Industries already affected by water stress, warns UN

EurActiv.com, 31 January 2008 - The water challenge has climbed up the corporate agenda as nuclear power plants in Europe and the US face shutdown due to lack of cooling water supplies. What's more, the push for biofuels is consuming increasing amounts of water, warned Kaveh Zahedi from the UN Environment Programme.

"The challenge of water has been with us for a long time. So why has it suddenly propelled itself onto the radar of senior industry figures and in the past few days become a top agenda item for multi-national corporations?," asked Zahedi at a meeting of the European Parliament Climate Change Committee on 29 January 2008.

The committee's thematic session gathered MEPs and experts to discuss the links between global warming, water scarcity and sustainable economic development.

Answering his own question, Zahedi said that the sudden interest comes from previously experienced and predicted economic impacts and the financial implications of the water challenge for corporations.

"Currently, at least 24 nuclear plants in the south-eastern United States face shutdown or drastically limited operations because severe drought conditions have lowered the levels of lakes and rivers that supply cooling water - that's 23% of the nation's 104 nuclear power plants. Last year in Italy, the River Po ran so low there were plans to shut down power plants there," he said, listing examples. "Only a few weeks ago, big ships marooned as a result of the drought in China," he added.

Regarding the contribution of biofuels to water stress, Zahedi said that even though some consider them to be a "silver bullet in terms of combating global warming [...], biofuels urgently need sustainability criteria". He noted that it can take 1,000 litres of water to make a litre of biofuel.

Zahedi said that biofuels should not simply be quickly banned but "we should have full information on the implications of our decisions". "A full life-cycle assessment of biofuels" will be one of the first tasks of the recently established International Panel for Sustainable Resource Management, he added.

Links

EU

International organisations


Air Canada Carbon Offset Program by ZeroFootprint


http://www.aircanada.com/en/travelinfo/traveller/zfp.html?src=hp_ql

Carbon Offset Program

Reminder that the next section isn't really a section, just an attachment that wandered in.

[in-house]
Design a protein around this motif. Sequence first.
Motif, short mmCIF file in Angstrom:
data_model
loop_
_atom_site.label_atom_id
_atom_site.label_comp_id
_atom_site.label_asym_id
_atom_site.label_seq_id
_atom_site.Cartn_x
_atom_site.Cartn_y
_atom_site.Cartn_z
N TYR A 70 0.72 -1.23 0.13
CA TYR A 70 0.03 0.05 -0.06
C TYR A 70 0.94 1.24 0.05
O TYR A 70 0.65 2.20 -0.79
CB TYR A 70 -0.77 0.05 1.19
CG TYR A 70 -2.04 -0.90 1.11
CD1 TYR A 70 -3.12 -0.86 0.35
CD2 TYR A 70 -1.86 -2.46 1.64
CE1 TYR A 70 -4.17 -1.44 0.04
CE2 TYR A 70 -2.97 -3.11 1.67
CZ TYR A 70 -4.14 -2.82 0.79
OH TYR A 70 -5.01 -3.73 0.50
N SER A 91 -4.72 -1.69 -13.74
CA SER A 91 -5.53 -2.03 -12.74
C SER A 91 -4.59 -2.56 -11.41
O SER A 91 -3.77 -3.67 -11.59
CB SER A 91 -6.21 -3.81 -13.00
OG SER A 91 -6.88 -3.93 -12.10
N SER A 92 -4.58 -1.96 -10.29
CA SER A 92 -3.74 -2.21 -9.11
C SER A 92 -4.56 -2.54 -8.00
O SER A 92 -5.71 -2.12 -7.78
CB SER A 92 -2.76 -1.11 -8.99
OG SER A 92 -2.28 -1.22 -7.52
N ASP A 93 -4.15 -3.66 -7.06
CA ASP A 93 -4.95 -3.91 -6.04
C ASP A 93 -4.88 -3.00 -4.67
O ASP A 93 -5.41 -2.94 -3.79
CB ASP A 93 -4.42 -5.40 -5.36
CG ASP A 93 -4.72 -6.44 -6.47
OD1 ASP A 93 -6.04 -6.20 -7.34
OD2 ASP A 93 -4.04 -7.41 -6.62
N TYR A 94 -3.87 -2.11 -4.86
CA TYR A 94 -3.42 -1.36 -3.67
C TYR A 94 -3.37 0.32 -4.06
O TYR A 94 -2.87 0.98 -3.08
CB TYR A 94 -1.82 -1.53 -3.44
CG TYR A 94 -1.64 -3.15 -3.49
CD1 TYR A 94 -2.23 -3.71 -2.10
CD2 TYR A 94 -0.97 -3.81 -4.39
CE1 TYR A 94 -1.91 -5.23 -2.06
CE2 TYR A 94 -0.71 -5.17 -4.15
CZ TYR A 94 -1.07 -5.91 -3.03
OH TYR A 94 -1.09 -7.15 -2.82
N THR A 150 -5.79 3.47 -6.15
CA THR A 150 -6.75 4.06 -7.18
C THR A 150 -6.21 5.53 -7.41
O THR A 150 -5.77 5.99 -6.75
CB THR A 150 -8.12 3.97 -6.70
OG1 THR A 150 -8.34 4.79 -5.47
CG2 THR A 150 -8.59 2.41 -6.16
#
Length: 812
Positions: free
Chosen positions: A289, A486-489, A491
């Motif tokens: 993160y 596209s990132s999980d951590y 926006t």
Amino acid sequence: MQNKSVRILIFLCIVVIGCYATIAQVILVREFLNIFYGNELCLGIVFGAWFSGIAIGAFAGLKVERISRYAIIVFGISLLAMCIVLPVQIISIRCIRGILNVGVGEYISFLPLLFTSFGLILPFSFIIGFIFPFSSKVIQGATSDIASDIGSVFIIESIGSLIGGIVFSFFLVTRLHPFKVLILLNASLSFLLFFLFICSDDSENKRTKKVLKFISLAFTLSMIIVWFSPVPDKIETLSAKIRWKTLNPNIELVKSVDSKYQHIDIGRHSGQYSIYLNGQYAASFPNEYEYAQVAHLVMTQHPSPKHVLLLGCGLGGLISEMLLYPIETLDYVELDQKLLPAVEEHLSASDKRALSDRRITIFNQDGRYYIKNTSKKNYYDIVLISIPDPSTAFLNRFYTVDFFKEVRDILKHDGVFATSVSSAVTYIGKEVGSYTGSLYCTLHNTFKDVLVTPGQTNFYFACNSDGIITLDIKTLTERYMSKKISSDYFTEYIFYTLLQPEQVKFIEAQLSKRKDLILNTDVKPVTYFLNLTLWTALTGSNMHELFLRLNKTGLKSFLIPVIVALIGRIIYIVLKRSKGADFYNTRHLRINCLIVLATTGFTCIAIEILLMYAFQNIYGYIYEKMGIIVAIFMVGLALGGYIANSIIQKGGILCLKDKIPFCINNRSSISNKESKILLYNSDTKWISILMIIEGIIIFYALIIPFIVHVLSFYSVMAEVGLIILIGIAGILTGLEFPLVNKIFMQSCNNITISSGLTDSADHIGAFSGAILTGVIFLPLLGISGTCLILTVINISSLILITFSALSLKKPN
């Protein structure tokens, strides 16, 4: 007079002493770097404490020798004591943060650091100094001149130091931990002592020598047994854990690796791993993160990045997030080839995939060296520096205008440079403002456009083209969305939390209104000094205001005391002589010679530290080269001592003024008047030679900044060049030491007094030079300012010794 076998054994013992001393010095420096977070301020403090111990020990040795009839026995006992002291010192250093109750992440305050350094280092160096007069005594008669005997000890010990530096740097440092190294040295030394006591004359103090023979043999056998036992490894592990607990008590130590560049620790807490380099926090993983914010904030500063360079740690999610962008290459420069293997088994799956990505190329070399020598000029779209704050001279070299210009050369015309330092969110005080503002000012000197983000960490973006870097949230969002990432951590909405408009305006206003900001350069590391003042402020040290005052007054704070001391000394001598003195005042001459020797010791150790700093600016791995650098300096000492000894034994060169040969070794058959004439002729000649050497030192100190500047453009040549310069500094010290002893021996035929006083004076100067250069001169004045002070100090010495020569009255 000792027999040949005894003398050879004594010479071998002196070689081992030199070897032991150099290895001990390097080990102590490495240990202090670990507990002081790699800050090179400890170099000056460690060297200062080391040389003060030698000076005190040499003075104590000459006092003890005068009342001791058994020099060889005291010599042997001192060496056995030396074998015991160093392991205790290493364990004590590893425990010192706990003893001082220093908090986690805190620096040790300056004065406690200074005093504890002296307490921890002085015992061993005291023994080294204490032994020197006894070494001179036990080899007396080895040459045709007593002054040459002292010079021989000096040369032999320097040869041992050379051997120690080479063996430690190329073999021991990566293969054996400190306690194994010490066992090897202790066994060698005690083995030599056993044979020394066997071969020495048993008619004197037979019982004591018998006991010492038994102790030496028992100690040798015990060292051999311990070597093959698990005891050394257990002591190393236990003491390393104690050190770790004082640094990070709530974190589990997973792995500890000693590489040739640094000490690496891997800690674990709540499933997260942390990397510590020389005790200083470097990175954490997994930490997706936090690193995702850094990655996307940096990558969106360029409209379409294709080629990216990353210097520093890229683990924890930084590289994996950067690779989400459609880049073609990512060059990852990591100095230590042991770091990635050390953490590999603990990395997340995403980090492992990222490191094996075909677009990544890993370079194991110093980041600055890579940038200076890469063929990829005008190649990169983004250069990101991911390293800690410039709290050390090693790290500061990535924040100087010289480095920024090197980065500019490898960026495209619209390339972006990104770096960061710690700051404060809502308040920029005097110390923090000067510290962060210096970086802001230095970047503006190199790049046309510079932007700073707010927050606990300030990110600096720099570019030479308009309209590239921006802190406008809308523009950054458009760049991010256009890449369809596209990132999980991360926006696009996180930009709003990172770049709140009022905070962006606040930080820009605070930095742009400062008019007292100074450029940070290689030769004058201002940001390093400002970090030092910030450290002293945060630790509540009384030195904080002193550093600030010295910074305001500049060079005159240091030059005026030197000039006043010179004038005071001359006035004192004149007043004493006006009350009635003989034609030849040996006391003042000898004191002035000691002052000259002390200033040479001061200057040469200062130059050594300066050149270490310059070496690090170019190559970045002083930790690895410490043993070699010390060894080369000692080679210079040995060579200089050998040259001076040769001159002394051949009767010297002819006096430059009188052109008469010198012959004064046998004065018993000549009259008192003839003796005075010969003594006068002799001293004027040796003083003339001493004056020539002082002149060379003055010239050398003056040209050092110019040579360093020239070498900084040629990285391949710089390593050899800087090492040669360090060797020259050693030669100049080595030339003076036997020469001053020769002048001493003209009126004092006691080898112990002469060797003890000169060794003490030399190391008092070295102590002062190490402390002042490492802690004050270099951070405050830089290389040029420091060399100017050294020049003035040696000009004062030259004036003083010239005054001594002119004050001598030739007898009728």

Each flight you take produces carbon dioxide (CO2), which contributes to climate change. At Air Canada we believe customers should have the option of offsetting the effects of their flight.

We have joined efforts with Zerofootprint, a not-for-profit organization that uses high standards in carbon offsetting, to help you mitigate the environmental footprint of your travel.

During December 2007, Air Canada also matched your voluntary carbon offset contribution dollar for dollar. Together we contributed $44,492.80, representing an additional 2,780.8 tonnes of CO2 offset or the equivalent of planting 556 trees, or taking an additional 908 cars off the road for one year.
We want to thank you for your continued loyalty and for your contribution to the environment!

 

Program results as of January 28, 2008


 
Since the launch of the program in May 2007, Air Canada customers have made a meaningful contribution to the fight against climate change by contributing thousands of dollars to a forest restoration project in Maple Ridge, British Columbia.

Carbon offset purchases full year
 
Tonnes of
CO
2 offset
 
Trees
planted
 
Equivalent to taking this many cars off the road for a year
$101286 = 6330 = 1266 = 2069


 

Offset your Carbon Emissions

Learn more about the Zerofootprint project. You can calculate the cost of your share of the emissions created by your flight and purchase corresponding offsets.


Air Canada's Commitment to the Environment

The Carbon Offset program is just one of the ways in which Air Canada is working to minimize the environmental impact of its operations. Other initiatives include:

  • Removing weight from aircraft and employing flight management systems for more fuel-efficient approaches and take-offs which contributes to reducing aircraft emissions.
  • The use of hybrid technology and less polluting fuels for our ground support vehicles.
  • Continued improvements to the fuel efficiency of our fleet with the introduction of the Boeing 777 and Embraer aircraft. Since 1990 Air Canada has improved aircraft fuel efficiency by 28%.

Carbon offsets are purchased from Zerofootprint, and not Air Canada. Air Canada is merely facilitating the purchase by customers of such credits. All the conditions included in the Notice section on aircanada.com apply.